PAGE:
Complications of pneumonia in adults

Pneumonia is the inflammation of the lung tissue, which is accompanied by the obstruction of oxygen exchange as a result of filling the airways with pus and other pathological fluids. There are several types of the disease: hospital ( nosocomial ), non-hospital and aspiration.

Typically, inflammation occurs due to Streptococcus. pneumoniae , which, respectively, leads to pneumococcal disease. The cause of the development of pneumonia in an atypical form are viruses, fungi, a number of bacteria and chemicals (eg, exhaled stomach contents).

With timely and adequate treatment, the disease recedes quickly enough. Difficulties during and pneumonia are observed in the elderly, as well as in the presence of chronic diseases.

Severe infections require prompt and radical treatment in the hospital. Infants are also at risk, especially those with diabetes and chronic pulmonary pathologies. Often, pneumonia is diagnosed in male smokers, especially in winter.

Complications of pneumonia require urgent hospitalization.

Recovery after illness

The condition of the patient, both adult and child, improves after 3-5 days since the start of antibiotic therapy. The symptoms of cough and fever should decrease. It is worth noting that the cough is observed for another month, although many a week later can return to the usual conditions oflife.

After a month and a half after making the diagnosis, you need to visit the doctor again to confirm the recovery and to eliminate the presence of unpleasant consequences.

Pulmonary and other complications of pneumonia

Basically, this pathology is successfully resolved and does not entail serious consequences, however, patients who are at risk should be extremely careful. Complications are usually associated with the lungs or medication. Often, inflammation leads to an exacerbation of existing chronic pathologies, for example, obstructive pulmonary disease (emphysema) or congestive heart failure.

Common complications from pneumonia in adults and children:

  1. levrit ;
  2. Septicemia and bacteremia (blood poisoning);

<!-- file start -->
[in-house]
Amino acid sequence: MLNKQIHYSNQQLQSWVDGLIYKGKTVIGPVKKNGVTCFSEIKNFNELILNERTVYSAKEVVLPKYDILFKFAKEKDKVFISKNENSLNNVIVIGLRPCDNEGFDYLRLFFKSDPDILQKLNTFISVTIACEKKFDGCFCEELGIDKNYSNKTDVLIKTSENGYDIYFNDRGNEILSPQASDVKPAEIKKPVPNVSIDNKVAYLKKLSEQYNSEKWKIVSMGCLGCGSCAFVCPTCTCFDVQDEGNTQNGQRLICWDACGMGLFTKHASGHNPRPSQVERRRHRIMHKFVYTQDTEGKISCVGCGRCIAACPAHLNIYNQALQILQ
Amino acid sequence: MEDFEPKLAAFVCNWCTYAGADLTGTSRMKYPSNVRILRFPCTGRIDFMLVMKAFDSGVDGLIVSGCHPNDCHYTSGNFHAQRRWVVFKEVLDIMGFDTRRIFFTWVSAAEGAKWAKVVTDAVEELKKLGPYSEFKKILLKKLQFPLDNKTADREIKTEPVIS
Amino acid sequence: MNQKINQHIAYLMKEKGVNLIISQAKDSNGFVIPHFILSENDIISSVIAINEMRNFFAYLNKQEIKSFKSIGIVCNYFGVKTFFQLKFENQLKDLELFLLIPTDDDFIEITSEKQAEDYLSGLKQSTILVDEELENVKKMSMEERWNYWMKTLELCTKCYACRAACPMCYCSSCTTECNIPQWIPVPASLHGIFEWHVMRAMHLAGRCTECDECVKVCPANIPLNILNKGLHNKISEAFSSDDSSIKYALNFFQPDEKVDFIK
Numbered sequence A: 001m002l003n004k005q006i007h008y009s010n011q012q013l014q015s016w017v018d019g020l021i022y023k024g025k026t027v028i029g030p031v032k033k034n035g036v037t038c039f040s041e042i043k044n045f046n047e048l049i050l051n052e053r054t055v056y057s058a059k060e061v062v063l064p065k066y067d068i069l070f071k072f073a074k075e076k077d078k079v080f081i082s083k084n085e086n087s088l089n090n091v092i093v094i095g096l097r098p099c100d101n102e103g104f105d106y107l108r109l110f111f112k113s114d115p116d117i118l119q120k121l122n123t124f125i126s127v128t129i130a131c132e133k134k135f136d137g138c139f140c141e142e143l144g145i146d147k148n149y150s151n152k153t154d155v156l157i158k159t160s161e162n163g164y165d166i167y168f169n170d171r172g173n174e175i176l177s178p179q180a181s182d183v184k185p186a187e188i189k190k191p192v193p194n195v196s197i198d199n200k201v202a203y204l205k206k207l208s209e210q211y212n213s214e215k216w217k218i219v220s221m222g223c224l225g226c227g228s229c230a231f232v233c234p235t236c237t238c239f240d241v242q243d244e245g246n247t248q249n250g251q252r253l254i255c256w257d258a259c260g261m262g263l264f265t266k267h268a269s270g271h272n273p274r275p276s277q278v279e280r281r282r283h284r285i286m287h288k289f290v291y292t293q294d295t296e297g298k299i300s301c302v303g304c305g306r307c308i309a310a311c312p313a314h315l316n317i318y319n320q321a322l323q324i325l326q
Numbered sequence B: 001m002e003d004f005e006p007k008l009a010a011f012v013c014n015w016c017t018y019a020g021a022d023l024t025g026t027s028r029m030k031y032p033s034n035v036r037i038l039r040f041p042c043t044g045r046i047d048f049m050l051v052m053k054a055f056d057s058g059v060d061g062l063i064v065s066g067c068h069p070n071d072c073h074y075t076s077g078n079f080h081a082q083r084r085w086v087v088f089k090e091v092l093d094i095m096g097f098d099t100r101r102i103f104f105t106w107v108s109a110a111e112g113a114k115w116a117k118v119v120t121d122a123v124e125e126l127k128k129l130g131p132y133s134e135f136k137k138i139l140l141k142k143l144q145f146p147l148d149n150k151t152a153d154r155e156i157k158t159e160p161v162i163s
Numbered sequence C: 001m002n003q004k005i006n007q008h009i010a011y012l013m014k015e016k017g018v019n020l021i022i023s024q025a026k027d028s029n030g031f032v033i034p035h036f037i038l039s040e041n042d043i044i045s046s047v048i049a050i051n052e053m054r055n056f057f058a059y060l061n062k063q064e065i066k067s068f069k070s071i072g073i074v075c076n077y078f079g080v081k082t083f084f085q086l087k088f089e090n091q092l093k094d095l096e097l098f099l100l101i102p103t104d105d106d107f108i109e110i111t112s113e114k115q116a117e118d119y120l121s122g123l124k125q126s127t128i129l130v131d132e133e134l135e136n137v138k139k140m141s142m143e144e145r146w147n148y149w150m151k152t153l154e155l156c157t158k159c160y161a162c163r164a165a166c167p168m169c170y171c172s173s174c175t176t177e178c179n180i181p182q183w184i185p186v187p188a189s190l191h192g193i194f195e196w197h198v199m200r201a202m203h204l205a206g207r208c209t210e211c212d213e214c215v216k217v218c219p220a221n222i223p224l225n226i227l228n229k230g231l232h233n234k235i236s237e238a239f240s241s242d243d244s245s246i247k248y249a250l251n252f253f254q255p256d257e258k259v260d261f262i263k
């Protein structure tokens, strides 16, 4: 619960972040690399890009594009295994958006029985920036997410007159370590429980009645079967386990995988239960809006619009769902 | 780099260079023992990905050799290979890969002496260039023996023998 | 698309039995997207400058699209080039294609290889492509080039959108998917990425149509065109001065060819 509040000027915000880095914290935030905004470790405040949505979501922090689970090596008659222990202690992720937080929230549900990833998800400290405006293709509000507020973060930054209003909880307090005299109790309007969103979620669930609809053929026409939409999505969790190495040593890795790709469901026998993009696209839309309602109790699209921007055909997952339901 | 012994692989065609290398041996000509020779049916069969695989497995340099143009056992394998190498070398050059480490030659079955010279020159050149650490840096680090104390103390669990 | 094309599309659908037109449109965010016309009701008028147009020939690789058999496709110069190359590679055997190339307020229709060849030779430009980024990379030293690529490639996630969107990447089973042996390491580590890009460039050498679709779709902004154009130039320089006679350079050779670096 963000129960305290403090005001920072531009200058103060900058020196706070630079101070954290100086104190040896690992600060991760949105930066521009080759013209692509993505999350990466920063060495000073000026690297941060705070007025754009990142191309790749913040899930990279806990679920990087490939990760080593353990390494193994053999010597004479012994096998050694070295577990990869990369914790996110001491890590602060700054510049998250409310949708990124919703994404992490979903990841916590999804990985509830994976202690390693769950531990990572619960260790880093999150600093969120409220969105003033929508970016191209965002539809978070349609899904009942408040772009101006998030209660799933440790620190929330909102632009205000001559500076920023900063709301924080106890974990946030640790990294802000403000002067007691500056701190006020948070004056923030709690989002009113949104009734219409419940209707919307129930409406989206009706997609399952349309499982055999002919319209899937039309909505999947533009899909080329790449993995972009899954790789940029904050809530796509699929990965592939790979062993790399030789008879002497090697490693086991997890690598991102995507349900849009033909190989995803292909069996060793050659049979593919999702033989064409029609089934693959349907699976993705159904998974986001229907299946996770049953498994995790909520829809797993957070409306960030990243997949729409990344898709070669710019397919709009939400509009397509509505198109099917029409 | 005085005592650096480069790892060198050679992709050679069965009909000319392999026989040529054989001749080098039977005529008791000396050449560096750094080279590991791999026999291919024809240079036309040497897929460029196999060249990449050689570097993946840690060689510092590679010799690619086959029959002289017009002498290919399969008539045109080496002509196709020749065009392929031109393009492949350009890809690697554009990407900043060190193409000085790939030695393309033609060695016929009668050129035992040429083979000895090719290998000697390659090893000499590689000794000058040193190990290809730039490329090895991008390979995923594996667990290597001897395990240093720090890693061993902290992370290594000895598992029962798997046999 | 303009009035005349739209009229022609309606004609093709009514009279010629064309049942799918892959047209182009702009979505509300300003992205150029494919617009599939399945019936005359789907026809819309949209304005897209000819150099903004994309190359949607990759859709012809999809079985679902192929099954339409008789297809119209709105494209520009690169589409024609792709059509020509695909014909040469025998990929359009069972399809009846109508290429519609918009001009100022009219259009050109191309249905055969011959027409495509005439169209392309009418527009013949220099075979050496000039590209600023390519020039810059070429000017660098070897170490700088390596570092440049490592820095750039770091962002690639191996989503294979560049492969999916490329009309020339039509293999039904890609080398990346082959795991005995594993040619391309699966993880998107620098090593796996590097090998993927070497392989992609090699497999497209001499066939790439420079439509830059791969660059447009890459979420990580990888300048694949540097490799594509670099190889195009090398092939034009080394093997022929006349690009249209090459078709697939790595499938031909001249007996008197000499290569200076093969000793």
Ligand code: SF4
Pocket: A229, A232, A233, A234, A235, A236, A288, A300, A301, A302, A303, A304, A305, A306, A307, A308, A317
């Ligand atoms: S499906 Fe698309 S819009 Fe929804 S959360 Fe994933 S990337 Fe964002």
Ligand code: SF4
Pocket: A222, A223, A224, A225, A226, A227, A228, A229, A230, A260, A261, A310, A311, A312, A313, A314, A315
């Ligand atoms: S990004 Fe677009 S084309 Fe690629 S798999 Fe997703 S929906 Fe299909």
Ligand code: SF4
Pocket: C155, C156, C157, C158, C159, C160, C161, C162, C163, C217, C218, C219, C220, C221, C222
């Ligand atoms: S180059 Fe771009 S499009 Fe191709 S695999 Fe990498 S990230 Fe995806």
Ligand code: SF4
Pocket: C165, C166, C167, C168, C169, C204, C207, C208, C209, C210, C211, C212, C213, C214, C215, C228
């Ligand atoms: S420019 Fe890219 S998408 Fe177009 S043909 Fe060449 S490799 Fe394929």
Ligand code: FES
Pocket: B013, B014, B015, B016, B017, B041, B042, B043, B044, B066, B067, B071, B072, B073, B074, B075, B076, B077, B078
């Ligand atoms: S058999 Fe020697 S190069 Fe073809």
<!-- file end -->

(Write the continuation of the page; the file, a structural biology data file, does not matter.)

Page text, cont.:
3. Abscesslungs ;
  4. Apneaor respiratory failure ;
  5. Heart problems;
  6. Diarrhea, rash due to medication.

Pleurisy after pneumonia

The pleura is two thin spheres between the chest and the lungs. Inflammation of the pleura – pleurisy – often occurs in both children and adults. Exudative pleurisy is a rarer occurrence – accumulation of fluid in this space. The fluid makes breathing difficult by exerting pressure on the lungs. As a rule, the body cope with pleural effusion even during the course of the disease. Sometimes it happens that the exudate becomes infected with bacteria, and as a result, suppuration develops (pleural empyema). Infected fluid is removed with the help of a thin needle, but in severe cases (damage to the pleura, lungs) resort to surgical intervention.

Pulmonary abscess

This pathology is rare and mostly in people suffering from severe forms of chronic diseases. Complication is characterized by the appearance of cavities in the lungs and accumulation of pus in those.

The symptoms of an abscess include swelling of the fingers on the upper and lower extremities, as well as the unpleasant smell of outgoing sputum. Therapy consists in the intravenous administration of antibiotics. In the future, for a month and a half, you will need to drink the appropriate pills.  The course can not be interrupted, even in the case of a significant improvement in the patient’s condition.

Impact on the heart

As a rule, such conditions occur in case of non-hospital pneumonia. The risk of endocardial damage (the inner lining of the heart) increases in people with sepsis and the presence of chronic pathogia of the heart.